July 2017

Why Cyclic Dependencies are Bad

In software development, divide and conquer is a design strategy where you recursively break down a problem into two or more sub-problems, until the problem becomes simple enough to be solved directly. This is where software components (packages, assemblies, modules, classes, etc.) come into play. Components break up large blocks of code into smaller, more manageable pieces. One rule of thumb is a component should only include closely related code. This makes deployment and maintenance easier to manage. Ideally, you would like all components to be independent of each other, but inevitably some dependencies are necessary.


Often we quantify code as “high-level” or “low-level”. This is a standard way of managing dependencies (levels). You have high-level layers and low-level layers. Each layer should depend only on the layers below it, not on any layer above it. If you are new to a codebase, it is often helpful to understand what the high-level code is and what the low-level code is.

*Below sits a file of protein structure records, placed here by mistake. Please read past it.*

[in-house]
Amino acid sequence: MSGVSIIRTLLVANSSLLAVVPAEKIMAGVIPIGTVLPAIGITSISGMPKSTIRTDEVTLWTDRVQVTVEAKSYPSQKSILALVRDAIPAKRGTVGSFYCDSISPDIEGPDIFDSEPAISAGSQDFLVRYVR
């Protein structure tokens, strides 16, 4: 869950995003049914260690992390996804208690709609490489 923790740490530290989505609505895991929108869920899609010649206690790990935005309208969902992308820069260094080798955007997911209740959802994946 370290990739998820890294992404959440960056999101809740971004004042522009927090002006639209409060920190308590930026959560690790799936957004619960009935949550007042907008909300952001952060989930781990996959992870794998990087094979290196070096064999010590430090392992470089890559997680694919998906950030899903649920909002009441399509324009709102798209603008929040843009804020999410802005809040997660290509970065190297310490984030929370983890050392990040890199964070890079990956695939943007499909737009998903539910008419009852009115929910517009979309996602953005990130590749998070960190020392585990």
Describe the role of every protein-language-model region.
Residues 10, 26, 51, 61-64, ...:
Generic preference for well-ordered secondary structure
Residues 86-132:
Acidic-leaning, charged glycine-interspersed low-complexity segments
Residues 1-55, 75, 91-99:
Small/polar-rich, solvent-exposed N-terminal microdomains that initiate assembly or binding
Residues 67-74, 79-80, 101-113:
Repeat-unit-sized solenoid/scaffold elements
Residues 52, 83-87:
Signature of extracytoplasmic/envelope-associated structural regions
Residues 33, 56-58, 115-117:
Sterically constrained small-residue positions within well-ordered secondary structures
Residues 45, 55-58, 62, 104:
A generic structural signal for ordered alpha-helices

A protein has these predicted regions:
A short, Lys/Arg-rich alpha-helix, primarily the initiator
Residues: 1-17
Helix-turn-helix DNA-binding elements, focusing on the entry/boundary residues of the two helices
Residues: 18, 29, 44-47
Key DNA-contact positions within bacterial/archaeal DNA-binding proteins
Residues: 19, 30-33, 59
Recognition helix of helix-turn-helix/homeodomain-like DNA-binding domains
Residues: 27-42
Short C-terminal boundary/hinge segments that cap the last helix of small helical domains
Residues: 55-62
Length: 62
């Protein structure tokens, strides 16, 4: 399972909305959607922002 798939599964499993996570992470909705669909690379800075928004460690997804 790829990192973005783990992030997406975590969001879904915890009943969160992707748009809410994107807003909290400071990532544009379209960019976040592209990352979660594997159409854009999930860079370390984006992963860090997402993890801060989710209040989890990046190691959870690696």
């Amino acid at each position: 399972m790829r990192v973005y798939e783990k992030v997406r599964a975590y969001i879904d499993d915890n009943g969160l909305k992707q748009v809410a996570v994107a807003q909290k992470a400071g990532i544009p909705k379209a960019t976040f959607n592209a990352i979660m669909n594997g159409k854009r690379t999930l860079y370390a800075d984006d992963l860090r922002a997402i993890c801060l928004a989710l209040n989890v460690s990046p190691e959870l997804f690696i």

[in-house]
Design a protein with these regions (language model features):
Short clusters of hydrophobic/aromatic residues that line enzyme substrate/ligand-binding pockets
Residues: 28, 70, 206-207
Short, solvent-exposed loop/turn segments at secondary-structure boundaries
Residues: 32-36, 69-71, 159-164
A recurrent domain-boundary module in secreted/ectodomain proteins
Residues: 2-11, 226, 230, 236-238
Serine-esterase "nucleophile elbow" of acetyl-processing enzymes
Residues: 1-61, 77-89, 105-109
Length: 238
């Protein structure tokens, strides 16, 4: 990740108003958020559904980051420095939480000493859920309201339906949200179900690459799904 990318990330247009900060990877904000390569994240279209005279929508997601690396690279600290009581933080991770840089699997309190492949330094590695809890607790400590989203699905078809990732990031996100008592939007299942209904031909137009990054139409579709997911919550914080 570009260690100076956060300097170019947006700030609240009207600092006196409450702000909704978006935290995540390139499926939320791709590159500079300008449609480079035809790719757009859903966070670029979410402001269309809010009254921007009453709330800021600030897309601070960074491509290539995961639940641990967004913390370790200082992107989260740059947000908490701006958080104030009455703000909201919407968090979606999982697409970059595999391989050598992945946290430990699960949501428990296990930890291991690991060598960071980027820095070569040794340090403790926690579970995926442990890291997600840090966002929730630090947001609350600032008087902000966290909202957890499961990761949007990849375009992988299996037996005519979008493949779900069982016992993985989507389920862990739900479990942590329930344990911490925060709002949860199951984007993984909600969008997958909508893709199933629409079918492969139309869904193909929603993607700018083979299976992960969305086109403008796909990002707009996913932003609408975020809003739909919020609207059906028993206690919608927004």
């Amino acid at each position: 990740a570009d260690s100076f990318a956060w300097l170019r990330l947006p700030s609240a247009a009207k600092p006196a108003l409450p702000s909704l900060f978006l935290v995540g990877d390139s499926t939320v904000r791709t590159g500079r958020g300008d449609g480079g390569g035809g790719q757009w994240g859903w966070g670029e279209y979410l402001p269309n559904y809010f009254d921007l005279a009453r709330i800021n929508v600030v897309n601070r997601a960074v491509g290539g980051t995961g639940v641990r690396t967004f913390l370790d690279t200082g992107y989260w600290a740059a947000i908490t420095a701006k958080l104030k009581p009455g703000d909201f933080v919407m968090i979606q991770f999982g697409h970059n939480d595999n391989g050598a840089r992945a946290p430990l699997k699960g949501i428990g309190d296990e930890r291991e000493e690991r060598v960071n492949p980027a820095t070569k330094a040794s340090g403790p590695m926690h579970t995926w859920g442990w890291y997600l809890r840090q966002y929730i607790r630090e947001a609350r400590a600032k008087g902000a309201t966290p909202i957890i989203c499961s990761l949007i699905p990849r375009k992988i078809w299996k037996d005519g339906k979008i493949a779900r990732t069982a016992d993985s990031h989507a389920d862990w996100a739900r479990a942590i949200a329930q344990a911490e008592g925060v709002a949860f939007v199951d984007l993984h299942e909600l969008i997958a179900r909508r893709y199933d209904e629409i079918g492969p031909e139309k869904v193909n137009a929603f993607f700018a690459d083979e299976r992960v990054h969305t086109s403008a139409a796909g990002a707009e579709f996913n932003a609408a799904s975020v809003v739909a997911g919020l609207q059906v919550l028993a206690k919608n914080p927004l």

This is helpful because you can make sure that low-level code does not inadvertently rely on high-level code. You can easily order your components using Lattix Architect by applying component partitioning to the DSM. This levelization is important because that is how you divide and conquer. First you divide the software into components, then you conquer by making sure there are no dependencies between components. In a typical embedded software system, there is usually a high-level communications layer, a middle hardware abstraction layer (HAL), and a low-level drivers layer. Here is a standard picture (standard layer):

Standard Software Architecture